Trams chief 'quit after boardroom rows'

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THE head of Edinburgh's troubled tram project quit because he lost vital support for a merger with Lothian Buses, a former bus firm chief said yesterday.

• Former chief David Mackay

According to Pilmar Smith, who chaired Lothian Buses until the end of last year, David Mackay stepped down as chairman of both the tram and bus companies because of the "mess" made of combining them.

Mr Mackay has left with immediate effect after describing the tram scheme as "hell on wheels", as The Scotsman revealed yesterday.

Well-placed transport sources claimed he no longer wanted to be associated with a failing project, which is likely to become mired in litigation if the city council terminates the construction contract next month.

Mr Mackay is also thought to have been angered by a lack of support from the city council, which owns Edinburgh Trams, the brand name for tram developers Tie. When council leader Jenny Dawe last month ordered much of the tram business case to be published, against official advice, she said this was "largely because many councillors feel they are maybe being asked to take a lot on the word of officers that they perhaps don't know very well".

Mr Smith said there had been widespread fears about the impact on the company of merging it with the trams.

He told The Scotsman: "There's no doubt in my mind that David Mackay's chairmanship of Lothian Buses was the main reason why he has stood down.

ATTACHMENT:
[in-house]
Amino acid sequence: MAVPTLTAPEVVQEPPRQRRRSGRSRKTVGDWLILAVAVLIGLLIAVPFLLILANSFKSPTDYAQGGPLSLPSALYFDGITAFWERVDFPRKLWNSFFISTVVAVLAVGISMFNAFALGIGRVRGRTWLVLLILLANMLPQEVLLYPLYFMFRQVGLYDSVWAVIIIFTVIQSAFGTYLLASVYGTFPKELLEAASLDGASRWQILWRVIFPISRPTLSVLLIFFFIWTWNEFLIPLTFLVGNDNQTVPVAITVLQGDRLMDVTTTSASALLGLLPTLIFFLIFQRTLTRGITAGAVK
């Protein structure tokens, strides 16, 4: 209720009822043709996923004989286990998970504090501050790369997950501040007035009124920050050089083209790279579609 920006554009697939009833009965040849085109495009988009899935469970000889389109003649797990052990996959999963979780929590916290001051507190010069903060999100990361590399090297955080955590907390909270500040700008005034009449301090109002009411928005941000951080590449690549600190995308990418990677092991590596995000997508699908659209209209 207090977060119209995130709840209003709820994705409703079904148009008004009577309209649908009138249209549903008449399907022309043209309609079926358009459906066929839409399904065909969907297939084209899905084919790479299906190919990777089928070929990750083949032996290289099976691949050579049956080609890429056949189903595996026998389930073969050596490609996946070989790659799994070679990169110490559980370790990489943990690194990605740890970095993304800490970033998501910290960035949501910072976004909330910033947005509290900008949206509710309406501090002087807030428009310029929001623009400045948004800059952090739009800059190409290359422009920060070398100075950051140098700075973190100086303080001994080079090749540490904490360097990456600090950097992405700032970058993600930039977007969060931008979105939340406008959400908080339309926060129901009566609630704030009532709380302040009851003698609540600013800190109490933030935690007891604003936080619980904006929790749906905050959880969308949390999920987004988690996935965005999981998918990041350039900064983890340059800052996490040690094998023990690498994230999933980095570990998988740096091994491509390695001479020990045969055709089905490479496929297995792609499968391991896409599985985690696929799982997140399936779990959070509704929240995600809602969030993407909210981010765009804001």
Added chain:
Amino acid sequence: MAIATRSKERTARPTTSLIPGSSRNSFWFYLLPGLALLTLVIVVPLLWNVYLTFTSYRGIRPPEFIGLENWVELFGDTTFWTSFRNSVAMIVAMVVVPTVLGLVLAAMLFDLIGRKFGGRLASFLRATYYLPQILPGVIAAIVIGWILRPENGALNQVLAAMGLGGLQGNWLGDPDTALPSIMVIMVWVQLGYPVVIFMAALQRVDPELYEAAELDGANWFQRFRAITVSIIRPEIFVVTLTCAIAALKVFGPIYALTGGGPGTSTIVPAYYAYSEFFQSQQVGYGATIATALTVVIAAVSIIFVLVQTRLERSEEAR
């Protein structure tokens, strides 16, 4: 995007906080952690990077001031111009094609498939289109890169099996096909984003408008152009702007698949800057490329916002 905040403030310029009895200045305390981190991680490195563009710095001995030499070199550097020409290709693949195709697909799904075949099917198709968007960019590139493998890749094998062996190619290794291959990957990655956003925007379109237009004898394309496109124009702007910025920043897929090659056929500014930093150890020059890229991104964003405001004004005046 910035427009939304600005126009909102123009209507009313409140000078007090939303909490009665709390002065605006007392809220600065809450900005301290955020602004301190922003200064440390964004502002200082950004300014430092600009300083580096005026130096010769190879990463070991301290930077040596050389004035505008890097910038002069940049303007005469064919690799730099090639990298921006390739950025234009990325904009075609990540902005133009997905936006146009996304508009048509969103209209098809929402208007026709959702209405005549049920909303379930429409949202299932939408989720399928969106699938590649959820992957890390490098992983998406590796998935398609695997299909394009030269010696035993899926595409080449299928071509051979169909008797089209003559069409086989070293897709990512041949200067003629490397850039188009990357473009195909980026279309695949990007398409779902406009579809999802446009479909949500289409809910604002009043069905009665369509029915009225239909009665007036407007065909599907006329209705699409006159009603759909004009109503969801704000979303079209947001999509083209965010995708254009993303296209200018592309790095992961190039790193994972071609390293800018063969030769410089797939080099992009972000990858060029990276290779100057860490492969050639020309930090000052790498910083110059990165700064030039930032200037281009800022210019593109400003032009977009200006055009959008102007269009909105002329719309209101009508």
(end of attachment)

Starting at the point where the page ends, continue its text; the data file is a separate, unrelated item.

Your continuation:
"He appeared to have completely lost the support of the workforce and the board, particularly over the way the merger was being handled.

"I always thought it was a mistake to attempt to merge Lothian Buses with Tie as early as this.

Tie should have been left alone to get on with building the tram lines and leave Lothian Buses to continue running the best bus company in the UK.

"I warned the council before he was appointed chairman that the bus company was a bit fragile and it was important to have continuity over the next couple of years until the tram lines were actually in place, but Tie was so desperate to get full control of Lothian Buses and now they've completely messed it up."

Another insider said that at a Lothian Buses board meeting last month "several board members said they were fed up of the secrecy and dishonesty over the merger of the bus company and Tie and it was made clear that Mr Mackay had a lot to answer for.

"He had also been targeted by the union for having the two roles and it was made clear to him that his role was a huge conflict of interests."

Mr Mackay, who also resigned as chairman of bus-tram co-ordinating body Transport Edinburgh, insisted yesterday he had not become involved in the project for personal glory.He said: "I did not step in for the roar of the crowd or the plaudits, (but] because of my loyalty to this capital city and my passionate belief in the need to integrate trams and buses."

He also made a further thinly- veiled attack on Bilfinger Berger, which leads the construction consortium, despite the group winning many, if not most, of the independent adjudications in the long running dispute.

Mr Mackay said: "They are very good at camouflaging their own incredible inefficiencies."

Edinburgh Pentlands Tory MSP David McLetchie said: "David Mackay's parting comments underline that the relations have completely broken down between Tie and Bilfinger Berger."

City council transport convener Gordon Mackenzie said: "The revised business plan was very well received by the Lothian Buses board."